Roth had multi-page features in almost every one of the first 25 issues of National Lampoon until his last satirized the editors of the magazine and he was a political cartoonist for The Progressive from 1981 to 1987. Roth drew the comic strip Poor Arnolds Almanac as a Sunday strip from 1959 to 1961 and he brought it back as a daily panel in 1989-90. Fantagraphics Books published a collection of this strip in 1998 and he served as the organization’s president from 1983 to 1985. On June 25,2009, Roth was inducted into the Society of Illustrators Hall of Fame which honors artists for their achievement in the art of illustration. ”Past Society presidents select inductees based on their body of work. Roth was previously recognized by the Society of Illustrators with numerous Silver, Arnold Roth, Free Lance, A Fifty Year Retrospective, published by Fantagraphics Books,2001. The Comics Journal Take Five, a 22-page interview with Gary Groth Pick A Peck Of Puzzles - W. W, Arnold Roths Crazy Book of Science.
New York, Grosset & Dunlap,1971, a Comick Book of Sports - Scribners,1974. A Comick Book Of Pets - New York, Charles Scribners Sons,1976 No Pain, No Strain - New York, “Wally The Wordworm” by Clifton Fadiman. “The Haters Handbook, A Guide to the Wonderful World of Ill Will, The Catcalls, delacorte Press, NY,1965 “Go on Wheels” by Julius Schwartz. NY McGraw-Hill Book Company,1966 “Kids Letters to the F. B. I. ” by Bill Adler, prentice Hall,1966 “Grimms Fairy Tales, The Macmillan Classics”, afterword by Clifton Fadiman. NY,1966 “Isabels Noel” by Jane Yolen. NY, Funk & Wagnalls,1967 “In the Presidents and My Opinion. ”“The Presidents Mystery Plot” by Franklin D. Roosevelt, Rupert Hughes, Samuel Hopkins Adams, Anthony, Rita, S. S. Van Dine, John Erskine, Erle Stanley Gardner
Carmen Mercedes McRae was an American jazz singer. She is considered one of the most influential vocalists of the 20th century and is remembered for her behind-the-beat phrasing. McRae was inspired by Billie Holiday, but she established her own voice and she recorded over sixty albums and performed worldwide. Her father, was originally from Costa Rica, and her mother, Evadne McRae and she began studying piano when she was eight, and the music of jazz greats such as Louis Armstrong and Duke Ellington filled her home. When she was just 17 years old she met singer Billie Holiday, as a teenager McRae came to the attention of Teddy Wilson and his wife, the composer Irene Kitchings Wilson. One of McRaes early songs, Dream of Life, through their influence, McRae considered Holiday to be her primary influence. In her late teens and early twenties, McRae played piano at a New York City club called Mintons Playhouse, Harlems most famous club, sang as a chorus girl. But it was working in Brooklyn that she came to the attention of Decca’s Milt Gabler.
Her five-year association with Decca yielded 12 LPs, in 1948 she moved to Chicago with comedian and impressionist George Kirby, with whom she had fallen in love. At the end of the relationship, she worked as a pianist and she played piano steadily for almost four years at a number of clubs in Chicago before returning to New York in 1952. In Chicago she developed her own specific style and those years in Chicago, McRae told Jazz Forum, gave me whatever it is that I have now. Thats the most prominent schooling I ever had, back in New York in the early 1950s, McRae got the record contract that launched her career. She was voted best new female vocalist of 1954 by Down Beat magazine, macRae married twice, to drummer Kenny Clarke in 1946, and to bassist Ike Isaacs in the late 1950s, both marriages ended in divorce. The latter two albums were part of a notable eight-year relationship with Concord Jazz, McRae sang in jazz clubs throughout the United States — and across the world — for more than fifty years.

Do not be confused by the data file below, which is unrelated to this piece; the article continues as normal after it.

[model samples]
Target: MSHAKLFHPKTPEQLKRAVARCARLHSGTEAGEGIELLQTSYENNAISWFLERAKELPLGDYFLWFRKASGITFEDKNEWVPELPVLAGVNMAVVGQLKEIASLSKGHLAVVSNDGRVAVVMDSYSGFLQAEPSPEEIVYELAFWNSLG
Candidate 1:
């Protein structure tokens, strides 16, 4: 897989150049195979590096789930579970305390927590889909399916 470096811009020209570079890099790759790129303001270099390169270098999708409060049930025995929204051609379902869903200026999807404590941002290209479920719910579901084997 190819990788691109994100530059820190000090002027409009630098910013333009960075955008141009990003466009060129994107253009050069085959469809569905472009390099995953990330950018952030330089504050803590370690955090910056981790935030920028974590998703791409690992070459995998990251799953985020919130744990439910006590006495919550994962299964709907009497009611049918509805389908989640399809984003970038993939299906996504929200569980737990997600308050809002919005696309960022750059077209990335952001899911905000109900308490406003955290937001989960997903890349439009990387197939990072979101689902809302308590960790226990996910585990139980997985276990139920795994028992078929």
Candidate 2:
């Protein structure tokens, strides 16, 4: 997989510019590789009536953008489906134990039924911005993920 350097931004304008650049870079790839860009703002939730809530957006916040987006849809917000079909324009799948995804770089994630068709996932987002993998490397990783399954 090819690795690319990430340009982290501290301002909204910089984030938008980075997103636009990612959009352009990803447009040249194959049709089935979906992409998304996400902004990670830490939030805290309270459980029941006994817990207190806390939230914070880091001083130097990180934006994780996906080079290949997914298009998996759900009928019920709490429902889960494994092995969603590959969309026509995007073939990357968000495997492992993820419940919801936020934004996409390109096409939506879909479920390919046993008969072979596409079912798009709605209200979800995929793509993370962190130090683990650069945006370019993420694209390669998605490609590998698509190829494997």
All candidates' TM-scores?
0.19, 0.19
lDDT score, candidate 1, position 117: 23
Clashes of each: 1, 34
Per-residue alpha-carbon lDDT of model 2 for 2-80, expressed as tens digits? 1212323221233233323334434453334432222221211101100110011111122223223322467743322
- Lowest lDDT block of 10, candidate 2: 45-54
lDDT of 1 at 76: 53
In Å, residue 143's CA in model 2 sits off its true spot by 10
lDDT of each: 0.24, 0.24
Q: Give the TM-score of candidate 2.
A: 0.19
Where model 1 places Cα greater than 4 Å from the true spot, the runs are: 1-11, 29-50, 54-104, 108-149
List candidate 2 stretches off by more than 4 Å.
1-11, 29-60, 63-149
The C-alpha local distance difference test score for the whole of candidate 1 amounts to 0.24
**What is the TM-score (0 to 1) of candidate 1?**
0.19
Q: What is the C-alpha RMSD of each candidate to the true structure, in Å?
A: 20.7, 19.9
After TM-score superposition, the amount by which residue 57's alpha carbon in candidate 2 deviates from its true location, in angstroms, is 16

She left New York for Southern California in the late 1960s, but appeared in New York regularly, usually at the Blue Note, where she performed two engagements a year through most of the 1980s. In May–June 1988, she collaborated with Harry Connick Jr. on the song, Please Dont Talk About Me When Im Gone in New York City at the RCA Studios, for Connicks debut album,20. She withdrew from performance in May 1991 after an episode of respiratory failure only hours after she completed an engagement at the Blue Note jazz club in New York. On November 10,1994, McRae died at her home in Beverly Hills and she had fallen into a semi-coma four days earlier, a month after being hospitalized for a stroke
Gone with the Wind (album)
Gone with the Wind is a jazz album released by The Dave Brubeck Quartet in 1959 on Columbia CL1347 and CS8156. However, the executives insisted that the band first create a more conventional album to cover the risk of their preferred concept. The album was recorded in Los Angeles, California on April 22 and 23,1959 and this is a concept album paying tribute to the State of Georgia. For this album, the quartet members picked personal favorites, eugene Wright selected Ol Man River. Shortnin Bread was a pick of Joe Morello, favored by Paul Desmond were Lonesome Road and Basin Street with Dave Brubeck choosing Georgia on my Mind along with Swanee River. The album has received such reviews as All and you would expect from Dave Brubeck, the most swinging album recorded up to that point, and as one of the classic Dave Brubeck Quartet lineups lesser efforts. By contrast, Time Out was highly successful and eventually hailed as an achievement in the genre. Paul Desmond - alto sax Joe Morello - drums Gene Wright - bass Dave Brubeck - piano